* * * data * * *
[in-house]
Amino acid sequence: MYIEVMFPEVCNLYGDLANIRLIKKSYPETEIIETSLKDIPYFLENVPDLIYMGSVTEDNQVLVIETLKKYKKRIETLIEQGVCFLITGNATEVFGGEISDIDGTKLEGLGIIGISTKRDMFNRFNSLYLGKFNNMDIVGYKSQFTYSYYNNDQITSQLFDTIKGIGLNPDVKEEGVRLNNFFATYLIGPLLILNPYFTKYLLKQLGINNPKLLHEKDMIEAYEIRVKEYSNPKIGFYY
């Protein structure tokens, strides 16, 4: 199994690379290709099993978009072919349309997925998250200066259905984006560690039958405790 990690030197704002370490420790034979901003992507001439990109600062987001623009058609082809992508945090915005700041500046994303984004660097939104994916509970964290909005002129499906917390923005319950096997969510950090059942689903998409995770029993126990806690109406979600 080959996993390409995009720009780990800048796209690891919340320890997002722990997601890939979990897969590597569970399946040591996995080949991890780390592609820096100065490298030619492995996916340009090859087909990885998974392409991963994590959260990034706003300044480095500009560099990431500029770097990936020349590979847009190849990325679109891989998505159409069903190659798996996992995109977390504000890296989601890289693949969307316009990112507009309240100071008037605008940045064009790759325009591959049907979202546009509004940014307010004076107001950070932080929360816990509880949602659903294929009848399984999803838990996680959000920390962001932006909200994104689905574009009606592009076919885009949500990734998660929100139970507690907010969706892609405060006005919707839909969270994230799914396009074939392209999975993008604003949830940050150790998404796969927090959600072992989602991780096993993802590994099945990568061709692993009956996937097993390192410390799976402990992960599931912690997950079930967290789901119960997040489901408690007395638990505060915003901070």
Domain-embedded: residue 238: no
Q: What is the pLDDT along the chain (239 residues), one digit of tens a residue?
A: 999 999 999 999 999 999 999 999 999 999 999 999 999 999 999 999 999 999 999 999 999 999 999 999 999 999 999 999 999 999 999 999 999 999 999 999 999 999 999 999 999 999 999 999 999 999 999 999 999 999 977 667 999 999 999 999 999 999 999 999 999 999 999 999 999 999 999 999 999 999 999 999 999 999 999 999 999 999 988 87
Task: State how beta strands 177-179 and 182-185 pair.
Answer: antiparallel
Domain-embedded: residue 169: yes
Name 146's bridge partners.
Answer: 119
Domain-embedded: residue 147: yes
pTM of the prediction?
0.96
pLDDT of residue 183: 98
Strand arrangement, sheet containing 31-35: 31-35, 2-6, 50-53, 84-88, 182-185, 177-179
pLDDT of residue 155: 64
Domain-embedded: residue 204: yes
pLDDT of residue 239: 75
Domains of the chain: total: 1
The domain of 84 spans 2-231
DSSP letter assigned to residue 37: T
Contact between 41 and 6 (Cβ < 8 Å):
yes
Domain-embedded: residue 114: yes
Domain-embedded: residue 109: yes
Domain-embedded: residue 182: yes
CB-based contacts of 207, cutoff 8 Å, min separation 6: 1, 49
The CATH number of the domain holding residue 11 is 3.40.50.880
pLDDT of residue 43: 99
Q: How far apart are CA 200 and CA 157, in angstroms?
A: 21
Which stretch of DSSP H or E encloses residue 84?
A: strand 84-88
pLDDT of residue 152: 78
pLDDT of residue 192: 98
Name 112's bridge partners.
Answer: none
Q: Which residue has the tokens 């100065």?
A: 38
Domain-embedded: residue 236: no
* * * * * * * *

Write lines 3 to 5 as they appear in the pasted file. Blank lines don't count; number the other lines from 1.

């Protein structure tokens, strides 16, 4: 199994690379290709099993978009072919349309997925998250200066259905984006560690039958405790 990690030197704002370490420790034979901003992507001439990109600062987001623009058609082809992508945090915005700041500046994303984004660097939104994916509970964290909005002129499906917390923005319950096997969510950090059942689903998409995770029993126990806690109406979600 080959996993390409995009720009780990800048796209690891919340320890997002722990997601890939979990897969590597569970399946040591996995080949991890780390592609820096100065490298030619492995996916340009090859087909990885998974392409991963994590959260990034706003300044480095500009560099990431500029770097990936020349590979847009190849990325679109891989998505159409069903190659798996996992995109977390504000890296989601890289693949969307316009990112507009309240100071008037605008940045064009790759325009591959049907979202546009509004940014307010004076107001950070932080929360816990509880949602659903294929009848399984999803838990996680959000920390962001932006909200994104689905574009009606592009076919885009949500990734998660929100139970507690907010969706892609405060006005919707839909969270994230799914396009074939392209999975993008604003949830940050150790998404796969927090959600072992989602991780096993993802590994099945990568061709692993009956996937097993390192410390799976402990992960599931912690997950079930967290789901119960997040489901408690007395638990505060915003901070």
Domain-embedded: residue 238: no
Q: What is the pLDDT along the chain (239 residues), one digit of tens a residue?